A couple of years ago, a theater group performed a version of “Princess and the Pea” for my school’s Pre-K to second-grade students. The show focused a young woman whose only role was to be “pretty,” wear many “beautiful” dresses, and fawn over a young man.
Many of the other teachers and I were bothered by the performance’s glaring gender stereotypes, particularly the presentation of girls. This became more upsetting later that day as several students talked incessantly about the “beauty” of the actress and which dress they loved most.
This led the first-grade teachers to have a conversation with the students. We created a T-chart and asked students to say the first thing that comes to mind when they think of “girls” and “boys.” They received no other direction.
“Pretty” dominated ideas about girls, while boys were “active” sports players who approached challenges.
Then we asked students which of these words applied to them, reading words from both lists. Girls raised their hands and comfortably related to words like “soccer,” “powerful,” “hard challenges,” and “Karate.” Boys raised their hands for words like “feelings,” “ponies,” and “peaceful.”
It didn’t take long for students to realize, in a proverbial “ah ha” moment, that the list didn’t necessarily match their preferences or even their identities. This made us wonder:
Why were these words the first things that came to mind when we thought about girls and boys?
With an age-appropriate fixation on fairness, students were adamant that girls and boys should have equal opportunities.
We wondered, more broadly: “What makes us define ourselves in such specific and limited ways?”
To fuel this inquiry, we showed students two typical baby advertisements, each baby dressed to fit its stereotypical gender role (girls in pink and frills, boys in all blue.) These ads were not difficult to find. We guided a class discussion by asking questions like:
“Who do you think picked these babies’ clothing? Why would an adult assume a girl likes pink and a boy likes blue? What do these clothing choices say about parents’ hopes for these babies? What does this advertisement suggest to people looking at it in a magazine?”
“The parents don’t know what the babies want. The parents are making the rules for the kids.”
“The pink and the blue help to organize the store so we won’t get mixed up. But… I guess it is ok to get mixed up.”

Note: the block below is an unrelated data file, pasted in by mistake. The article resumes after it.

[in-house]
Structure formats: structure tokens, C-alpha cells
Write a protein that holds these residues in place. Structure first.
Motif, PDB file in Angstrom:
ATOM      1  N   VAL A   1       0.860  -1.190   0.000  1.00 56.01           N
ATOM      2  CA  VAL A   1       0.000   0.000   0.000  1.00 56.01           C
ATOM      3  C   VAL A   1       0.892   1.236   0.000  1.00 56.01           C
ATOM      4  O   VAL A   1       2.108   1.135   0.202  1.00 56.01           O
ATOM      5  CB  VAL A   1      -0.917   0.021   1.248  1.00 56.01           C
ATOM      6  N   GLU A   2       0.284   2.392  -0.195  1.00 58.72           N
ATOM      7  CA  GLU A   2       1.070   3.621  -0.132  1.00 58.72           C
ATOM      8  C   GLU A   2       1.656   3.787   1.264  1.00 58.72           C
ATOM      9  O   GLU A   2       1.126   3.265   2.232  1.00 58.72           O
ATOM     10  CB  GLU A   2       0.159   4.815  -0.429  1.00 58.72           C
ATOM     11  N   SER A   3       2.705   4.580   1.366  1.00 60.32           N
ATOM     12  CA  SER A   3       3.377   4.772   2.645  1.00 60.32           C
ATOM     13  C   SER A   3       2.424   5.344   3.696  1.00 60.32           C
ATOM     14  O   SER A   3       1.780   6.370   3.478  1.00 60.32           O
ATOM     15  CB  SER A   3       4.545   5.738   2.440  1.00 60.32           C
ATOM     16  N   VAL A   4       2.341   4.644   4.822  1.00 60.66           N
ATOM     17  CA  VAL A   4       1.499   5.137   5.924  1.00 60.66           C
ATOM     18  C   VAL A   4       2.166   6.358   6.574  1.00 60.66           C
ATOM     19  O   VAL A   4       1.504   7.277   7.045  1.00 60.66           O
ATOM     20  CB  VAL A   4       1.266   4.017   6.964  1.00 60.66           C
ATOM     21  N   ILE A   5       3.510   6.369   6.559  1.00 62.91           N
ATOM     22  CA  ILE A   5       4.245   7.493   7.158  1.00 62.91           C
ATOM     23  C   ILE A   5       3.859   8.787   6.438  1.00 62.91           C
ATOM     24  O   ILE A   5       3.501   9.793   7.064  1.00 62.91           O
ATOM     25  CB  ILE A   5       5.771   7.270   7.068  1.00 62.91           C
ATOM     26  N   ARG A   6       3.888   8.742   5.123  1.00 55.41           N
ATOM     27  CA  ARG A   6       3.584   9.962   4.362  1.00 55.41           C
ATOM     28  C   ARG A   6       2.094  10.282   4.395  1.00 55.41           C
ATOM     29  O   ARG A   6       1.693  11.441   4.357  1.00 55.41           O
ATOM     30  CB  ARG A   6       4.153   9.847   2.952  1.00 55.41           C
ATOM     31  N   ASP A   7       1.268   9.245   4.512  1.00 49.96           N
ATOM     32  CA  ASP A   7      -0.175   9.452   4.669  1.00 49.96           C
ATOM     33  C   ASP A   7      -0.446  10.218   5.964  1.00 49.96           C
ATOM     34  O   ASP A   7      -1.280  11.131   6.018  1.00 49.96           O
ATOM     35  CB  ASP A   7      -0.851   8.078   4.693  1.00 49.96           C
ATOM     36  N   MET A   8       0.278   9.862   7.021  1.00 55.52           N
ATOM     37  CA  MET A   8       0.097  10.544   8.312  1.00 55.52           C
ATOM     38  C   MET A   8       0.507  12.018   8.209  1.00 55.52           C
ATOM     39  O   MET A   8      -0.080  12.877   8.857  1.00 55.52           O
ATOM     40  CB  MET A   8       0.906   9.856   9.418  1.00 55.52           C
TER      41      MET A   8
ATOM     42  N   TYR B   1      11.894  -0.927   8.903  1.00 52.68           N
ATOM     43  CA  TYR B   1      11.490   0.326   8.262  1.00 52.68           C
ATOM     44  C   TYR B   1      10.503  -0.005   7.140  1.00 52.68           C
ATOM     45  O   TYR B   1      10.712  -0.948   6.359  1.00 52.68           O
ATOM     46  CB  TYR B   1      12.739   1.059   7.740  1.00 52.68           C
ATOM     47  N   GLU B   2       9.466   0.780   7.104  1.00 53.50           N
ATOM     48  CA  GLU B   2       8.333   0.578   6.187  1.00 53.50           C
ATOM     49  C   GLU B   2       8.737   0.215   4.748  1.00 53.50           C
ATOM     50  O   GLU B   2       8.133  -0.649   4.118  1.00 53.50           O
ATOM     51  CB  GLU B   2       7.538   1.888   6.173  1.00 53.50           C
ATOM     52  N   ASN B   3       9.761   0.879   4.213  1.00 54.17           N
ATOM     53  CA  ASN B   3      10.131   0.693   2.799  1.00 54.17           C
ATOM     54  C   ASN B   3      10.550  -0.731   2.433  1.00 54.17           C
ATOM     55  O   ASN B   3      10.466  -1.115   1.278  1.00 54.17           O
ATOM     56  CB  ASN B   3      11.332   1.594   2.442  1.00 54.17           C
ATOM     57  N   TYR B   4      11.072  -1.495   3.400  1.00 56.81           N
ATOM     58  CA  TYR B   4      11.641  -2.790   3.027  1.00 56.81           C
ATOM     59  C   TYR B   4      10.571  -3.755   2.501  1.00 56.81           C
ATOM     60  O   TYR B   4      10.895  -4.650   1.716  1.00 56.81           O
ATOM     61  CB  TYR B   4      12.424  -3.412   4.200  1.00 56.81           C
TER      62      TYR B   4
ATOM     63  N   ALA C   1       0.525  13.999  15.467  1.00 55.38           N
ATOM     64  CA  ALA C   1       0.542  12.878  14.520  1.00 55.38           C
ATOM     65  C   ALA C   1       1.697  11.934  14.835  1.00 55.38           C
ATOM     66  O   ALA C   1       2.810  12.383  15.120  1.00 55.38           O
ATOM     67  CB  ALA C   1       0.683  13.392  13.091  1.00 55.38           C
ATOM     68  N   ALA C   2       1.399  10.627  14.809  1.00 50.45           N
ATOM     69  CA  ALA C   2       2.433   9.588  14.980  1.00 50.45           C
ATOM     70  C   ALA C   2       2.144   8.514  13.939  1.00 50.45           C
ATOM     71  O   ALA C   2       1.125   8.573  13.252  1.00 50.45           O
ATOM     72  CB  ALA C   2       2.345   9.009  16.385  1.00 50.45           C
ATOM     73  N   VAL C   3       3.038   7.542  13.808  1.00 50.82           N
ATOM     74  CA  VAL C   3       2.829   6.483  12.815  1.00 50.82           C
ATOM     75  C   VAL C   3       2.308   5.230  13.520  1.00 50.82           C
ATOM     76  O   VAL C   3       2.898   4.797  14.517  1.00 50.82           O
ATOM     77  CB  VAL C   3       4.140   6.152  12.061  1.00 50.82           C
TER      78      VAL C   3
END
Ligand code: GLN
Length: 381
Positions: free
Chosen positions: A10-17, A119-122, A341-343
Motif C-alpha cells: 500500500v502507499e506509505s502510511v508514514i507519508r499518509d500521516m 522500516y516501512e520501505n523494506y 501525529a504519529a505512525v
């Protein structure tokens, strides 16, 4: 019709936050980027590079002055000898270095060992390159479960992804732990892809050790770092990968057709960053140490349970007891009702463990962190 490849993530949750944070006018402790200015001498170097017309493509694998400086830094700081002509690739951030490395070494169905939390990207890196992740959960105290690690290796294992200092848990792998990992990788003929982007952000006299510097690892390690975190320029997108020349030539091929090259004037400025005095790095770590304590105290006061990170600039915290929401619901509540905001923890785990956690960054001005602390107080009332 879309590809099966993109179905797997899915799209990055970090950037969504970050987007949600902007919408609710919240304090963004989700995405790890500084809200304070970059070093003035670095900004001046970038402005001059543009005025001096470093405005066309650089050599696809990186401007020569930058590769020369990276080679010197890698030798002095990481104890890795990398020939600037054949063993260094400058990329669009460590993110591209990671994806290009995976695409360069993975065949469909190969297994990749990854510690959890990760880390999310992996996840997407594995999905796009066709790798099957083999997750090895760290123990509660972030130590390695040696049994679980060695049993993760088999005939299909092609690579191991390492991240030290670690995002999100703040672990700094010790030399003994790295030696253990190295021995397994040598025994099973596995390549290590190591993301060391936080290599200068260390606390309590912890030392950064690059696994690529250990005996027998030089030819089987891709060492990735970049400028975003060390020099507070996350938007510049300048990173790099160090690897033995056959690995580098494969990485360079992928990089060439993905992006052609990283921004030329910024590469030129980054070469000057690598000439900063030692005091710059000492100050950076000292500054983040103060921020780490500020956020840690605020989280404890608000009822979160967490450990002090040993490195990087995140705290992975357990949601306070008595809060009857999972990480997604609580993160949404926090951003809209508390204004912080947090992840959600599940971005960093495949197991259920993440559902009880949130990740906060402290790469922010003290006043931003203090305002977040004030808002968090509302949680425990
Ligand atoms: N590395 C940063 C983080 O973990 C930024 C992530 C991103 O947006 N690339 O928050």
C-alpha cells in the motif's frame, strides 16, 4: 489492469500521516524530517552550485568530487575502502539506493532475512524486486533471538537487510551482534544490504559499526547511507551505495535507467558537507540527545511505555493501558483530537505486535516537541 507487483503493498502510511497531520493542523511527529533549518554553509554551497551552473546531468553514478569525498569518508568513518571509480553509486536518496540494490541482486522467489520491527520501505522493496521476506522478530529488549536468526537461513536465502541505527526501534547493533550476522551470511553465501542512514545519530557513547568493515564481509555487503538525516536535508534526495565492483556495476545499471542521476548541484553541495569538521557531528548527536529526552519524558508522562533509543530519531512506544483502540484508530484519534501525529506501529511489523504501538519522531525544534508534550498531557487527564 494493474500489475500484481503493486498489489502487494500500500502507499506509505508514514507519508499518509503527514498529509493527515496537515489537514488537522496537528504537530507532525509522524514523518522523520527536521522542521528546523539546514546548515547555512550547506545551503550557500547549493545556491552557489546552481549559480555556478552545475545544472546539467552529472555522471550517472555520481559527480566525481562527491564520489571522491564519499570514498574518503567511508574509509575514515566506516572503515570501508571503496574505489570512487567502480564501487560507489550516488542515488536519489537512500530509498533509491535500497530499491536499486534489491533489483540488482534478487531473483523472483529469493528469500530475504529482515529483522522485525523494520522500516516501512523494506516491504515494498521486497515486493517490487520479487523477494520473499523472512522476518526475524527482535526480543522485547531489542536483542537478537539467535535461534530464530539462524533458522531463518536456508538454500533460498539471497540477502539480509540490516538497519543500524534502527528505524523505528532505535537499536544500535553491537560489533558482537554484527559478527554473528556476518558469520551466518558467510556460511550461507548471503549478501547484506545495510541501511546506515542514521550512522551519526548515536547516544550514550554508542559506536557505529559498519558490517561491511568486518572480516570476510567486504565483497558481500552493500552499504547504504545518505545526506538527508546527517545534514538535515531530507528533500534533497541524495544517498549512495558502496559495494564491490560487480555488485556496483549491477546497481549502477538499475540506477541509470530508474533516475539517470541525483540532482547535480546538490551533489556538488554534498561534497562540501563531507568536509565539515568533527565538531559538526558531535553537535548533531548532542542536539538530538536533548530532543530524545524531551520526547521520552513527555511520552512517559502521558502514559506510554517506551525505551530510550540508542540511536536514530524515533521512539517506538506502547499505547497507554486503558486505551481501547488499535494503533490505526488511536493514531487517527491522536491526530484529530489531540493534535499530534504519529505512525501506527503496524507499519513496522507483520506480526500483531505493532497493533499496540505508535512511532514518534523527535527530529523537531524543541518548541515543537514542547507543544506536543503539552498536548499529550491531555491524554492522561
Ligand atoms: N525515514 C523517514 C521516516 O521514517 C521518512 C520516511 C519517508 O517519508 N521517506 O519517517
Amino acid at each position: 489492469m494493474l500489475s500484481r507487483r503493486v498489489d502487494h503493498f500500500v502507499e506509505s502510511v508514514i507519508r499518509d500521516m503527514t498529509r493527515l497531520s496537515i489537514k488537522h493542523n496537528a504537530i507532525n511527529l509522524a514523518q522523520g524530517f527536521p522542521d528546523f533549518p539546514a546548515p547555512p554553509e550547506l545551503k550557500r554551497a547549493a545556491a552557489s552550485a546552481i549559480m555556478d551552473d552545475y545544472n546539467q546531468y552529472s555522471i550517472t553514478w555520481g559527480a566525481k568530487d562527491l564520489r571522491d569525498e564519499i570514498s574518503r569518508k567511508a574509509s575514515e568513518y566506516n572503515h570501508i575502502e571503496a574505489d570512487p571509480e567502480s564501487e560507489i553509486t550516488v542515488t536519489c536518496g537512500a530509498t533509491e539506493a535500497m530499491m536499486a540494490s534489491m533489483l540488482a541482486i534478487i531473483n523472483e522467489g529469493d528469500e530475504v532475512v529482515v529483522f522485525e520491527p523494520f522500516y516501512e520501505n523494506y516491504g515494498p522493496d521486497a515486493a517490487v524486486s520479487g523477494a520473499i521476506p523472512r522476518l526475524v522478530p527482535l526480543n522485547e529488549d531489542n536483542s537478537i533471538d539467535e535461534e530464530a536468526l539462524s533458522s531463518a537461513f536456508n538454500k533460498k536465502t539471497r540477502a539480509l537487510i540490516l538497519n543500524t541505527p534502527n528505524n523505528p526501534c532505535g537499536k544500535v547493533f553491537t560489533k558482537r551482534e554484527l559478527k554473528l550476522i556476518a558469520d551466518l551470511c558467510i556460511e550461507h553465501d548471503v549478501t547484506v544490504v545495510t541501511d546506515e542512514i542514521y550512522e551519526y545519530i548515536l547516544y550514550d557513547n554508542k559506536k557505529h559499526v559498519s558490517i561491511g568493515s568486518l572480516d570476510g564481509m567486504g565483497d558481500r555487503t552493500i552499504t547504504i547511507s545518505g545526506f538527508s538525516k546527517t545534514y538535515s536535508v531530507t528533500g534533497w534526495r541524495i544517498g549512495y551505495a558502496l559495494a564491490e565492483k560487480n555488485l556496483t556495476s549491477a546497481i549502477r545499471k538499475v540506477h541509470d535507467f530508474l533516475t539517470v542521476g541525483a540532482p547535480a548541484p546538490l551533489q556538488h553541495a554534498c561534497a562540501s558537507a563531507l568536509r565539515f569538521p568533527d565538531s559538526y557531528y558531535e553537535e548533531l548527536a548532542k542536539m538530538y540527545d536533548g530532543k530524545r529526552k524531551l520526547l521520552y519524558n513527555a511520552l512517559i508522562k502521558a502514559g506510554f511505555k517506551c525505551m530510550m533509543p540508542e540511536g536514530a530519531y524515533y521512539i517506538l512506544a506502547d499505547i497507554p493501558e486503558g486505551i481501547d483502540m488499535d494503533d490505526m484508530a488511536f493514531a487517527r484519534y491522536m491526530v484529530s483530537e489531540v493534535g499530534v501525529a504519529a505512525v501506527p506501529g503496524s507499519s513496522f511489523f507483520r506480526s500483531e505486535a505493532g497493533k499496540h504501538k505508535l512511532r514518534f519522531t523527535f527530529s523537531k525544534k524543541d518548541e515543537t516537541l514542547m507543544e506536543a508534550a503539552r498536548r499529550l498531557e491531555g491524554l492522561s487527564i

“This isn’t fair for these babies. This ad could affect the choices that these babies make when they grow up.”
The first graders became fixated on the idea of choice. We took a deeper look at common characteristics of “girls” and “boys” clothes and created a challenge for the students: “If you could design your own clothing, what choices would you make and why?”
Some students sketched an outfit they wished they could find at a store, others designed clothes that could appeal to both girls and boys.
Our exploration also extended to toys and their advertisements. Students had collectively decided there’s no such thing as “girls and boys toys,” but when they looked at toy stores and toy advertisements, they were quick to notice a clearly-targeted gender.
“The advertisers think this ad is for boys, but we think it is for all kids.”
“This ad is in blue, but that one is in pink.”
We talked about how we might feel if we wanted to buy a certain toy that was advertised for the opposite gender.
One student said: Some of the advertisements might change what toy I felt comfortable asking for, even if I really wanted that toy.
Students then altered real advertisements in ways they hoped would appeal to both girls and boys.
“I only see boys in this advertisement. I’m adding a girl!”
As a culminating project, students built their own gender-neutral toy store in the block area. They tried to create toys and games that would appeal to any child. Some students designed and built the toy store, while others were responsible for shelving, pricing, advertisements, and even commercial making. Students’ families and the entire school attended the grand opening.
“Coolest thing I have ever seen!” said a visiting student.
“What I love about the toy store is that anyone can buy anything,” said another.
“I don’t see any pink or blue toys! Where can we buy toys like this?” asked a parent.
Fairness is a recurring idea for children. First-grade students are quick to acknowledge when they recognize or feel injustice.
Examining gender stereotypes not only pushed the typical boundaries of socialization, it was a platform for conversations about other forms of bias.
By bringing awareness to the overt messages of commercialism, we aimed to instill a sense of power, identity, and voice in the students.
Most importantly, they developed a willingness to question the status quo.
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